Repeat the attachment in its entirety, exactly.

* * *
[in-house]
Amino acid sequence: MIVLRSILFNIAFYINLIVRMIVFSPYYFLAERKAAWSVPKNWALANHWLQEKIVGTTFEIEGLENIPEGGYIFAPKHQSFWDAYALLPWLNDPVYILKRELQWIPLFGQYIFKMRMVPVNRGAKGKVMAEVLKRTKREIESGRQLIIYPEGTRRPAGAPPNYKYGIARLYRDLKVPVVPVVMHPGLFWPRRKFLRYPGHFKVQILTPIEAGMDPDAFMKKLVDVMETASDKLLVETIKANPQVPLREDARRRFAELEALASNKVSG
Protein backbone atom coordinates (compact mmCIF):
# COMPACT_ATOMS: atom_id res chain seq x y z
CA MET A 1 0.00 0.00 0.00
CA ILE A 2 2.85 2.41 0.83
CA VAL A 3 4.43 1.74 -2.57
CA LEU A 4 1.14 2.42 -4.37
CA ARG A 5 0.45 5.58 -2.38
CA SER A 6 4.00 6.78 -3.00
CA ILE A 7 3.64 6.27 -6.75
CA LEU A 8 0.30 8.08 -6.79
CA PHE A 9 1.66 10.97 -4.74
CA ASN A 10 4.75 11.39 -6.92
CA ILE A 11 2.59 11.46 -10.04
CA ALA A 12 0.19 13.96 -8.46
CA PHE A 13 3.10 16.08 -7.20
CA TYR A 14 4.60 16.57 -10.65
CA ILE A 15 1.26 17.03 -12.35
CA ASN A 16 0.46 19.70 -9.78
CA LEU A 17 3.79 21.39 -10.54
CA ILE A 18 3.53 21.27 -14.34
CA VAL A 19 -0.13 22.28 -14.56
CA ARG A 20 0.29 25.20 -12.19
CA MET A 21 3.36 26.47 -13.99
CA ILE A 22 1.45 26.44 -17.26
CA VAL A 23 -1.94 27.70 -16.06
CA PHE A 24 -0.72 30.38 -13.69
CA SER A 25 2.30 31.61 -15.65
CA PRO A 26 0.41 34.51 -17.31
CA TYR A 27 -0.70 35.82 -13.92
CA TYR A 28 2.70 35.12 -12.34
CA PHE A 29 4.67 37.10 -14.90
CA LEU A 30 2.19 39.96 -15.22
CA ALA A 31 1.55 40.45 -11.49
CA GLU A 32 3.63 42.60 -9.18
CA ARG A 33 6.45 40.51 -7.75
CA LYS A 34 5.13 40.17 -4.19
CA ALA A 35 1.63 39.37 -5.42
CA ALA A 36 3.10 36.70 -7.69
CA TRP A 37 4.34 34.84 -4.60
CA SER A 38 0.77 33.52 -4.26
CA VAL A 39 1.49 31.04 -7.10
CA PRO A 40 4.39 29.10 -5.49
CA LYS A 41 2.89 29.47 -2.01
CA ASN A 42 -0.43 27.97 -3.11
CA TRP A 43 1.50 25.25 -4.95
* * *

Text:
[in-house]
Amino acid sequence: MIVLRSILFNIAFYINLIVRMIVFSPYYFLAERKAAWSVPKNWALANHWLQEKIVGTTFEIEGLENIPEGGYIFAPKHQSFWDAYALLPWLNDPVYILKRELQWIPLFGQYIFKMRMVPVNRGAKGKVMAEVLKRTKREIESGRQLIIYPEGTRRPAGAPPNYKYGIARLYRDLKVPVVPVVMHPGLFWPRRKFLRYPGHFKVQILTPIEAGMDPDAFMKKLVDVMETASDKLLVETIKANPQVPLREDARRRFAELEALASNKVSG
Protein backbone atom coordinates (compact mmCIF):
# COMPACT_ATOMS: atom_id res chain seq x y z
CA MET A 1 0.00 0.00 0.00
CA ILE A 2 2.85 2.41 0.83
CA VAL A 3 4.43 1.74 -2.57
CA LEU A 4 1.14 2.42 -4.37
CA ARG A 5 0.45 5.58 -2.38
CA SER A 6 4.00 6.78 -3.00
CA ILE A 7 3.64 6.27 -6.75
CA LEU A 8 0.30 8.08 -6.79
CA PHE A 9 1.66 10.97 -4.74
CA ASN A 10 4.75 11.39 -6.92
CA ILE A 11 2.59 11.46 -10.04
CA ALA A 12 0.19 13.96 -8.46
CA PHE A 13 3.10 16.08 -7.20
CA TYR A 14 4.60 16.57 -10.65
CA ILE A 15 1.26 17.03 -12.35
CA ASN A 16 0.46 19.70 -9.78
CA LEU A 17 3.79 21.39 -10.54
CA ILE A 18 3.53 21.27 -14.34
CA VAL A 19 -0.13 22.28 -14.56
CA ARG A 20 0.29 25.20 -12.19
CA MET A 21 3.36 26.47 -13.99
CA ILE A 22 1.45 26.44 -17.26
CA VAL A 23 -1.94 27.70 -16.06
CA PHE A 24 -0.72 30.38 -13.69
CA SER A 25 2.30 31.61 -15.65
CA PRO A 26 0.41 34.51 -17.31
CA TYR A 27 -0.70 35.82 -13.92
CA TYR A 28 2.70 35.12 -12.34
CA PHE A 29 4.67 37.10 -14.90
CA LEU A 30 2.19 39.96 -15.22
CA ALA A 31 1.55 40.45 -11.49
CA GLU A 32 3.63 42.60 -9.18
CA ARG A 33 6.45 40.51 -7.75
CA LYS A 34 5.13 40.17 -4.19
CA ALA A 35 1.63 39.37 -5.42
CA ALA A 36 3.10 36.70 -7.69
CA TRP A 37 4.34 34.84 -4.60
CA SER A 38 0.77 33.52 -4.26
CA VAL A 39 1.49 31.04 -7.10
CA PRO A 40 4.39 29.10 -5.49
CA LYS A 41 2.89 29.47 -2.01
CA ASN A 42 -0.43 27.97 -3.11
CA TRP A 43 1.50 25.25 -4.95